Swimmers from Burbank and Hancock Park gathered to hear Torres speak at the event, which was hosted by the Voices of Meningitis.
“I've seen what this disease can potentially do to kids,” said Torres, a mother of three, encouraging parents to speak with their healthcare providers about vaccinations.
Young people between the ages of 16 and 21 are the most at risk for the disease, said Carolina Sandoval, a pediatric nurse practitioner at the event.
“They're close together, sharing utensils, sharing kisses, bottled water,” she said. “How can you tell a teenager, 'Don't hug your girlfriend?'“
Also at the event was Robbin Thibodeaux, who lost her 19-year-old son Thomas James Kent to the disease on Christmas in 2005.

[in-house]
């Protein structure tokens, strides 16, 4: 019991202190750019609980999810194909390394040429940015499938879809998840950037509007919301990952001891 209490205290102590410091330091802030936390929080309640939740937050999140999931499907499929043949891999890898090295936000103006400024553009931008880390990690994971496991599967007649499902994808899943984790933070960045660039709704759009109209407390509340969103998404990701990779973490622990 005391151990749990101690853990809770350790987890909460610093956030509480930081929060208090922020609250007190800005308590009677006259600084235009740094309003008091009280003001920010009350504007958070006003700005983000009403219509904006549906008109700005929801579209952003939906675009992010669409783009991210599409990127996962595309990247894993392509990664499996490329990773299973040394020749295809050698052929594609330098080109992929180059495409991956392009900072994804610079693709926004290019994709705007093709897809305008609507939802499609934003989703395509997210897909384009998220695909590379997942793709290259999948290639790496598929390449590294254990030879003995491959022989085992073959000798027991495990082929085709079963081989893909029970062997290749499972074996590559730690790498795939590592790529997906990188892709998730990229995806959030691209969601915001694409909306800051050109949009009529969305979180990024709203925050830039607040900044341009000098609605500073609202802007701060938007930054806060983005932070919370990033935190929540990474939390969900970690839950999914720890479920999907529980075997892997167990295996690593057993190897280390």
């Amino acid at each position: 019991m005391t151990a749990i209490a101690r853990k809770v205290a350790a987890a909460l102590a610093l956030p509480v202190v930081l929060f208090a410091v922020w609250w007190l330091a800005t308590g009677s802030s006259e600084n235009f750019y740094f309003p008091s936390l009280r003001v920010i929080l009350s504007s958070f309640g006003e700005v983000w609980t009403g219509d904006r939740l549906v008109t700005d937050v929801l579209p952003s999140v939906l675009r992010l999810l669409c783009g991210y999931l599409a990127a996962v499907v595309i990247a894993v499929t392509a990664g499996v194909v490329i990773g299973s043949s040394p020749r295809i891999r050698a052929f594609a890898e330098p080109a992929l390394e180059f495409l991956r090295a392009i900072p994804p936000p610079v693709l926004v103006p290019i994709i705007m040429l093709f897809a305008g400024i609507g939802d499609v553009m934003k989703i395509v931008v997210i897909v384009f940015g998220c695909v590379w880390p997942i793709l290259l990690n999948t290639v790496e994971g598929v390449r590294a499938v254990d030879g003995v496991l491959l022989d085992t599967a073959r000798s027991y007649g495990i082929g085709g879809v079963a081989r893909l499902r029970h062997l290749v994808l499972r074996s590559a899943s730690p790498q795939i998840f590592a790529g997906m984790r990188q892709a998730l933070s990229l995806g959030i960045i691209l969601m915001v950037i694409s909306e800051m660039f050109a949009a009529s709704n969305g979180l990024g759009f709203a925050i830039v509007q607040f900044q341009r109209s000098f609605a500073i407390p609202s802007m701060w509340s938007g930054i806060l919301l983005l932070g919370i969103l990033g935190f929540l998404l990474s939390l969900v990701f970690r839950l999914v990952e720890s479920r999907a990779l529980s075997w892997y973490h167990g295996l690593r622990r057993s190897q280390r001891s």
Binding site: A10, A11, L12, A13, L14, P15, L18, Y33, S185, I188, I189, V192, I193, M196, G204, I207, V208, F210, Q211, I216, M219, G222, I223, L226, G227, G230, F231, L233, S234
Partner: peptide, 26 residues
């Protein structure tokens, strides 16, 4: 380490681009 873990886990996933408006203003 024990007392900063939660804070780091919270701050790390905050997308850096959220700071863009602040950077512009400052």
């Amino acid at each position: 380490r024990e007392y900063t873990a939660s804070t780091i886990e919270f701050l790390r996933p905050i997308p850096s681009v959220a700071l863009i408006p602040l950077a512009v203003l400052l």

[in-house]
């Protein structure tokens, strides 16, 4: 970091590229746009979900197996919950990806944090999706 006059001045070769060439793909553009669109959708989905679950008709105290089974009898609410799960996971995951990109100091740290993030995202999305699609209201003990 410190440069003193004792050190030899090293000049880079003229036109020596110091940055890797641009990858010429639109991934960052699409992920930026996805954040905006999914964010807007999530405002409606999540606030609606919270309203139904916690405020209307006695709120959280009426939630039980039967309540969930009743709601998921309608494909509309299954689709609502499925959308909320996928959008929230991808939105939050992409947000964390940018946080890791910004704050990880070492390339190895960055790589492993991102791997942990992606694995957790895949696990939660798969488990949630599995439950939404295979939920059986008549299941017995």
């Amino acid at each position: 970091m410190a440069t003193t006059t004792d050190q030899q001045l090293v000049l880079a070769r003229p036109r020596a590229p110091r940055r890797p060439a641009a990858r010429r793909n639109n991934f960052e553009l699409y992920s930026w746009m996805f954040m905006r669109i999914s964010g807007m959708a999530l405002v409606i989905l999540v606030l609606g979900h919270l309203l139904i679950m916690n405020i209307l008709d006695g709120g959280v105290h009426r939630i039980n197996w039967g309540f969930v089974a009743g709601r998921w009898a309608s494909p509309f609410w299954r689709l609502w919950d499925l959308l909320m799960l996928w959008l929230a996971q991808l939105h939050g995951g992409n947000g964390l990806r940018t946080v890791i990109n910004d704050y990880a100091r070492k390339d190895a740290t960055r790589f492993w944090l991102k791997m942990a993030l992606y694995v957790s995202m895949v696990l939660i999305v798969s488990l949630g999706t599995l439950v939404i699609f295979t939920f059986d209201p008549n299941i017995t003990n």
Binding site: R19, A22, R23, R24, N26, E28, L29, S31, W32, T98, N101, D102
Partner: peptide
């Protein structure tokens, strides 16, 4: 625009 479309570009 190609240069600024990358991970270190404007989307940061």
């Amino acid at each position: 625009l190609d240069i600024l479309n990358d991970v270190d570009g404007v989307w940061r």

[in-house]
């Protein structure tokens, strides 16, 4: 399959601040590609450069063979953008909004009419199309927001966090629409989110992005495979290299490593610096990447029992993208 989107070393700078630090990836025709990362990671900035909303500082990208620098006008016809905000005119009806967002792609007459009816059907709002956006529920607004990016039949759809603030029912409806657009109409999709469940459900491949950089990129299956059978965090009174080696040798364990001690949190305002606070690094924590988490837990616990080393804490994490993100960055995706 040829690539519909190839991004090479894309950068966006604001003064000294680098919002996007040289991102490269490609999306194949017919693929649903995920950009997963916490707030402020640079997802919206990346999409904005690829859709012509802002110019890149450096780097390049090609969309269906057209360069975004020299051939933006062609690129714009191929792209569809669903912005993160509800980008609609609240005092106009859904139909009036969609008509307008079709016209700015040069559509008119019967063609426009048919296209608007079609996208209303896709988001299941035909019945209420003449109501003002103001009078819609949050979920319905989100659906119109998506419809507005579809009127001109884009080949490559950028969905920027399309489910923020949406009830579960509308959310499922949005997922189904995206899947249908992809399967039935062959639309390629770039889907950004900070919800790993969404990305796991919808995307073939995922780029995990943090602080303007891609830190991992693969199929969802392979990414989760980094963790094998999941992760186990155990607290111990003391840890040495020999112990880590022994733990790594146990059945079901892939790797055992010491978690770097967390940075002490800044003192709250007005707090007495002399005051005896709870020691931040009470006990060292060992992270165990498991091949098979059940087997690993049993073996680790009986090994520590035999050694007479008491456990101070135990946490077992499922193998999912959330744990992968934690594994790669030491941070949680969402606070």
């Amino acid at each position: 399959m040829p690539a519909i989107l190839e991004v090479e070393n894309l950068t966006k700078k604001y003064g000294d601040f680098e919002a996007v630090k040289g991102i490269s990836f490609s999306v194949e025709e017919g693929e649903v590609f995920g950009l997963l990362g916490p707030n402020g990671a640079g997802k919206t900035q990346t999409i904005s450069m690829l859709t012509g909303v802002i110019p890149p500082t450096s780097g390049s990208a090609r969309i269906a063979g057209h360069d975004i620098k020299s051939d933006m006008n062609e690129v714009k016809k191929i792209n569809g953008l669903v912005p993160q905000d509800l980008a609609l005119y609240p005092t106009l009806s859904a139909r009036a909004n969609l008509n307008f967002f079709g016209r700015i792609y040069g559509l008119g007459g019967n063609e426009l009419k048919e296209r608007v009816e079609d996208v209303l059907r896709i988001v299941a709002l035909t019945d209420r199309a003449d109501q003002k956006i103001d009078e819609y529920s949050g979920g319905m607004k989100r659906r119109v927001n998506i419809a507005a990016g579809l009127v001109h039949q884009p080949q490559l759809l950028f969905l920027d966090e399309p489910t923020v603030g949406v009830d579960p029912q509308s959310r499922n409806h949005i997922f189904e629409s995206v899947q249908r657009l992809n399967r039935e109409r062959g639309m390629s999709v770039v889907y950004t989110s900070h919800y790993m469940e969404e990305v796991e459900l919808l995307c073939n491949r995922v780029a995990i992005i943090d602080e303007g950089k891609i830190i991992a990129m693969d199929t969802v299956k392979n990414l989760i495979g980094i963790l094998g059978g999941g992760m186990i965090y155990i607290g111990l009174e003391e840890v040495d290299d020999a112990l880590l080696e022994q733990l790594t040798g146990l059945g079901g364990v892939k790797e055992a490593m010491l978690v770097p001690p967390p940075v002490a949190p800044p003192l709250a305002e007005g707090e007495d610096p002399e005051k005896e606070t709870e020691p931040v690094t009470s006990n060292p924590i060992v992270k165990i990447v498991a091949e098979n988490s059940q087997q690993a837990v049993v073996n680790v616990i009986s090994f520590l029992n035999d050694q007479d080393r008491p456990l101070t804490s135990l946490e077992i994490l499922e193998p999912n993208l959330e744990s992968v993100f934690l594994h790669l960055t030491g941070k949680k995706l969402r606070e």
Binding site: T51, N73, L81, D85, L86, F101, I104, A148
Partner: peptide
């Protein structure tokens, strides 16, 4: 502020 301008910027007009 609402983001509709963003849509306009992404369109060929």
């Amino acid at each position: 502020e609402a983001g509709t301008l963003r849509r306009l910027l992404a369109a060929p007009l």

“He fueled my purpose to educate and bring awareness,” she said. “It's quite devastating for a family to lose somebody as bright as Thomas was.”
Burbank parent Kristin Udall brought her three daughters to the event because her brother was hospitalized as a child with the disease. The illness, she said, also claimed the life of her husband's brother, at just three years old, in 1972.
While her kids are up to date on their vaccines, she said building awareness is important.
“If it can prevent a death, it's worth it,” she said.
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